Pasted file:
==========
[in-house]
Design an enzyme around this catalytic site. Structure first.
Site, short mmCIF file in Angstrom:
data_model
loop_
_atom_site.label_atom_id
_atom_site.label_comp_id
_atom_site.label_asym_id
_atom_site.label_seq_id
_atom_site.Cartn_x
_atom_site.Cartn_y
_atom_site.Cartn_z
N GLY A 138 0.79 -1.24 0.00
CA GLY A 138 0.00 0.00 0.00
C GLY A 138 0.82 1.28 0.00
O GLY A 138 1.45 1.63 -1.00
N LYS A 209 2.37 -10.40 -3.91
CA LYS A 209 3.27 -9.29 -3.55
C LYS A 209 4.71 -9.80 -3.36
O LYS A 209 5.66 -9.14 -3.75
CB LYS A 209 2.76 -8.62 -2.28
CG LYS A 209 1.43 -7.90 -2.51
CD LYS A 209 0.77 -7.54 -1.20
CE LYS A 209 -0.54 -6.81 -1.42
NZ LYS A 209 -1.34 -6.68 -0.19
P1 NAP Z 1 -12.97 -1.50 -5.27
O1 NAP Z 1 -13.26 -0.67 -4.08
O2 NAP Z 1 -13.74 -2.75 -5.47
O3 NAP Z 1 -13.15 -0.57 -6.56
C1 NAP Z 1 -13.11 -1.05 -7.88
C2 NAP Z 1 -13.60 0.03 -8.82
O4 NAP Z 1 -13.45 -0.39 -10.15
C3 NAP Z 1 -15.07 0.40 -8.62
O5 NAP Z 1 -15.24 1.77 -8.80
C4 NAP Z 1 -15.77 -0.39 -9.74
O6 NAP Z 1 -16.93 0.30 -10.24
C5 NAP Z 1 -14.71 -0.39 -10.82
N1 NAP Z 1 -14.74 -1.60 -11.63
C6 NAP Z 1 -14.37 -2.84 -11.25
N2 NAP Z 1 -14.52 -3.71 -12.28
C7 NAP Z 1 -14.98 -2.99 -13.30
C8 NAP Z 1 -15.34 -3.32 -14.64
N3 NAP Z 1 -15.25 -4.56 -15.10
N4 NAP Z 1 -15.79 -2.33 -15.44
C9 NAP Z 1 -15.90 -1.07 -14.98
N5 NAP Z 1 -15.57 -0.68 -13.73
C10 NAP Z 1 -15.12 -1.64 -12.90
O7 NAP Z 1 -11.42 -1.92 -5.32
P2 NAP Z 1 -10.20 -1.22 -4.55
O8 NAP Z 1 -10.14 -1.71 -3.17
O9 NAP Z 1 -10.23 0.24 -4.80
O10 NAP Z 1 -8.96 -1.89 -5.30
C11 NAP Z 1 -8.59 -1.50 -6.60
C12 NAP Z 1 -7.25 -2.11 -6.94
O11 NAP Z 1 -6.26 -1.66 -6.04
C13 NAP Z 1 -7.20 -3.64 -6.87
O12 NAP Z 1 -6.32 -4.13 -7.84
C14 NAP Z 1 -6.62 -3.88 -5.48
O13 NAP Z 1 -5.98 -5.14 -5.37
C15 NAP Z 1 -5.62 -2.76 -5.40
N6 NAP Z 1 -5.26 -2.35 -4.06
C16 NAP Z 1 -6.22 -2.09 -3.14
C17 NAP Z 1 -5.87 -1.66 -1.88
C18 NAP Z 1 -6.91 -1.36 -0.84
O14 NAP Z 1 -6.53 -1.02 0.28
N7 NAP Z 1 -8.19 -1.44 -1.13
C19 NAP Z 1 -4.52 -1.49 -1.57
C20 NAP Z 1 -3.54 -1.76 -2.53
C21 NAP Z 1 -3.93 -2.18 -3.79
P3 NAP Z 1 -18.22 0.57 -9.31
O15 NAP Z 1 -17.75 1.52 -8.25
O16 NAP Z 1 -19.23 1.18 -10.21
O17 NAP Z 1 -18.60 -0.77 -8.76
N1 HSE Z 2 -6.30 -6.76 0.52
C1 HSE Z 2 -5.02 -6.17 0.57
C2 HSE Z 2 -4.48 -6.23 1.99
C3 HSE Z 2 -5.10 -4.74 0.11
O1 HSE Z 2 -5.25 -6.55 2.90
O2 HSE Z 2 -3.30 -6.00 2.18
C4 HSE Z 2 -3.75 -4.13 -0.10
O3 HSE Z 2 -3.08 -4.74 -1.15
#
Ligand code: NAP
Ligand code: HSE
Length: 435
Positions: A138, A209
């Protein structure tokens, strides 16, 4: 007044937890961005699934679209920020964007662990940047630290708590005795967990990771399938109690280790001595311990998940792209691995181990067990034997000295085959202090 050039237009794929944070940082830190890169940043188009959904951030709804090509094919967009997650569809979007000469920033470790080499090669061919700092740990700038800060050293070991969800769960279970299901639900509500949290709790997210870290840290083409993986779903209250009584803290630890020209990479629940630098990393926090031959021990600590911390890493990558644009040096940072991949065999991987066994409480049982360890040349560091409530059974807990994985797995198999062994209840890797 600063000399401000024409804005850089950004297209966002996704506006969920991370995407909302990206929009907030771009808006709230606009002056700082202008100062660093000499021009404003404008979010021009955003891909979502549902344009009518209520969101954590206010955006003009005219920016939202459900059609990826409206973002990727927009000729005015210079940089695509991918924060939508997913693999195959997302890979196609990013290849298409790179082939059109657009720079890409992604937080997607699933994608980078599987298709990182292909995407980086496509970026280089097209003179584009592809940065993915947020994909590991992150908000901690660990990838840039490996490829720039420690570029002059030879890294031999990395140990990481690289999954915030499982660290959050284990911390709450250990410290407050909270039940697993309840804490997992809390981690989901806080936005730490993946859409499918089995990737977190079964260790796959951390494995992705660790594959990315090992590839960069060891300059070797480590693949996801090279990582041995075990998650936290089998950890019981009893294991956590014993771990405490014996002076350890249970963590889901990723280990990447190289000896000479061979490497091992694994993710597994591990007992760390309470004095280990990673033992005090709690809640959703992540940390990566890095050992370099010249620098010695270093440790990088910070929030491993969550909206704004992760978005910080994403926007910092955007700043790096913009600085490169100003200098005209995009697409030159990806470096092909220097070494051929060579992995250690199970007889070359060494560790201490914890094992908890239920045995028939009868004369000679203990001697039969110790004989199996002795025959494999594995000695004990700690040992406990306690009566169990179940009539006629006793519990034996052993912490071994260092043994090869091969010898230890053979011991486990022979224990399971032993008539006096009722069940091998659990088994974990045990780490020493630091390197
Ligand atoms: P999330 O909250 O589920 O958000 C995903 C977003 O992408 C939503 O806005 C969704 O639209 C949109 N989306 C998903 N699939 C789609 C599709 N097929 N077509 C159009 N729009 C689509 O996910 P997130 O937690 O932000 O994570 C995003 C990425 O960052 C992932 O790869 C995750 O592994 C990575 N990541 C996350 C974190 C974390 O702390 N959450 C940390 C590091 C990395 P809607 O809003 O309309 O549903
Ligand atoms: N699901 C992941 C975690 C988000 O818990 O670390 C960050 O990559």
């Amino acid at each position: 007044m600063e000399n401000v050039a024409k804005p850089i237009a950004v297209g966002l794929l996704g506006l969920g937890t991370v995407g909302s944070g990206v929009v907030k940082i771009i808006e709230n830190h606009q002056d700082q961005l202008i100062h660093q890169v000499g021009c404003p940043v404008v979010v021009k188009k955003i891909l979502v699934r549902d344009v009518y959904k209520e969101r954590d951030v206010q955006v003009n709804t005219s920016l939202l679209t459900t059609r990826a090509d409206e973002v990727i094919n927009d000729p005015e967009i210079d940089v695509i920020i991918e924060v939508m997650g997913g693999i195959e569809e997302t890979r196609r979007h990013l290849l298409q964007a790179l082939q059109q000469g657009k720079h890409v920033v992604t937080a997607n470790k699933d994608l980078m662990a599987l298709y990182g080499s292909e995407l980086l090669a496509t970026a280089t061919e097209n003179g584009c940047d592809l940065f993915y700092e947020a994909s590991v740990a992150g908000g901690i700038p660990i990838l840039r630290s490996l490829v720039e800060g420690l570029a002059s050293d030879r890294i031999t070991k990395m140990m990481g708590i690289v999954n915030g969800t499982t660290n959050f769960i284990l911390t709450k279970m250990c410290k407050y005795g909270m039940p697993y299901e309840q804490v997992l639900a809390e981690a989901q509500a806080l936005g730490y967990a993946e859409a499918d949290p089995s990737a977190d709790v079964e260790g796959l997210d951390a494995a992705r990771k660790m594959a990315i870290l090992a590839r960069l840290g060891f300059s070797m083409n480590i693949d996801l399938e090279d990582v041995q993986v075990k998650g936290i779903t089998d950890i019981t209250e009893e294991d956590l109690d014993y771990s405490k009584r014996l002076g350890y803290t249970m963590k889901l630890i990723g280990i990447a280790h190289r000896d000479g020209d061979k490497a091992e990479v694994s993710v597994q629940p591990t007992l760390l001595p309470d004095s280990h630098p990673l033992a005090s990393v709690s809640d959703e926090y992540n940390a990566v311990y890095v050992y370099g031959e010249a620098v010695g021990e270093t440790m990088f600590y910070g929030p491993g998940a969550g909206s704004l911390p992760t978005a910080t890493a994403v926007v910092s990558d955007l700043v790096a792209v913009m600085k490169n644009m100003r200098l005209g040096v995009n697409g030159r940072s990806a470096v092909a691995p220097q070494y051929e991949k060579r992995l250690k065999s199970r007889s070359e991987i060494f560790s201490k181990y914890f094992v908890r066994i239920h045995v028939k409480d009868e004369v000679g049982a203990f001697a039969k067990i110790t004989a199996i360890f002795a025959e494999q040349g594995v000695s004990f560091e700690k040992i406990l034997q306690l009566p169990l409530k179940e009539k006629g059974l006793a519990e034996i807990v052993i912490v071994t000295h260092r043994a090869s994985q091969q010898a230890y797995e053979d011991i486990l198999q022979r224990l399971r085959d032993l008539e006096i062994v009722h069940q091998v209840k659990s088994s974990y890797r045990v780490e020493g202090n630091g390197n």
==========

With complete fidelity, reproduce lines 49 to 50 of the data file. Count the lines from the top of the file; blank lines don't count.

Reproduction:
P2 NAP Z 1 -10.20 -1.22 -4.55
O8 NAP Z 1 -10.14 -1.71 -3.17